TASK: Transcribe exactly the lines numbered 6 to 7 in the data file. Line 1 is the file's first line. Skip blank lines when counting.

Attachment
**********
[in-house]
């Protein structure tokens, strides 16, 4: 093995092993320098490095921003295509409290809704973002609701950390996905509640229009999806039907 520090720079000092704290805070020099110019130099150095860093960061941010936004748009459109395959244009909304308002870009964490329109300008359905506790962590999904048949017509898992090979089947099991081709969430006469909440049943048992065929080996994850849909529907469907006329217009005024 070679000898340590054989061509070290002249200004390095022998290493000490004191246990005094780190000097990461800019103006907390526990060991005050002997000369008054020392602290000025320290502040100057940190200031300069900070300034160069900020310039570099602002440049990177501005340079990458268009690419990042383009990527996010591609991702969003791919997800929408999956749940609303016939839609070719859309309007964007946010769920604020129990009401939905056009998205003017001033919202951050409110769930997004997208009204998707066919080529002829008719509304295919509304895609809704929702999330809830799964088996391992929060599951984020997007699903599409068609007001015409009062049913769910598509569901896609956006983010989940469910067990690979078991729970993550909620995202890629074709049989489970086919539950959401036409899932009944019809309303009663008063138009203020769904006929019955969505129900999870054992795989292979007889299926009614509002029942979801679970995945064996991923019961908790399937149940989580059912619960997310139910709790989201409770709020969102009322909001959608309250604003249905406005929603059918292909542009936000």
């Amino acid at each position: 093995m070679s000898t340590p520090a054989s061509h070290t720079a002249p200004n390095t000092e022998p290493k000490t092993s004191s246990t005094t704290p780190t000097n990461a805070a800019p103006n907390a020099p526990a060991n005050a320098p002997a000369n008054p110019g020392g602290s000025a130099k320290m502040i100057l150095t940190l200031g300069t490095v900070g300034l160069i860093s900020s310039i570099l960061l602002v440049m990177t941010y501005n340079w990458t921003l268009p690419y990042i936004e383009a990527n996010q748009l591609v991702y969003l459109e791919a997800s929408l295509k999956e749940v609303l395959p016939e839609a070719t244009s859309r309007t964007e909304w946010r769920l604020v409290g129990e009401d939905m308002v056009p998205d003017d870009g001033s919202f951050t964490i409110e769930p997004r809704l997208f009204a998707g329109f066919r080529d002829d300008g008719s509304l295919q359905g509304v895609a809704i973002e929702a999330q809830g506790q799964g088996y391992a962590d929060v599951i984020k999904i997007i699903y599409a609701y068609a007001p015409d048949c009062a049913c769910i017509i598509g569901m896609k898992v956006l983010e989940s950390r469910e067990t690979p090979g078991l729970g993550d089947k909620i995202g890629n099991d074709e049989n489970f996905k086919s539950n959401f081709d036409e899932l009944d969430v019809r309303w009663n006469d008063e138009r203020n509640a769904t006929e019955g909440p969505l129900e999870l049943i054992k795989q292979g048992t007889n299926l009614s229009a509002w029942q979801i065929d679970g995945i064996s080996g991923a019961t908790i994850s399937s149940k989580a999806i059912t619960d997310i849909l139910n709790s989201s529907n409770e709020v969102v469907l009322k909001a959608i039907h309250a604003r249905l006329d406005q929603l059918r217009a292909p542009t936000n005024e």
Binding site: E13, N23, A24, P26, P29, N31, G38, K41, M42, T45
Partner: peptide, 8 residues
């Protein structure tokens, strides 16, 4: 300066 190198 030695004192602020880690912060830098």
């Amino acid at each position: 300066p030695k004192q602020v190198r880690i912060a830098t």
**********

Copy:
């Protein structure tokens, strides 16, 4: 300066 190198 030695004192602020880690912060830098």
């Amino acid at each position: 300066p030695k004192q602020v190198r880690i912060a830098t």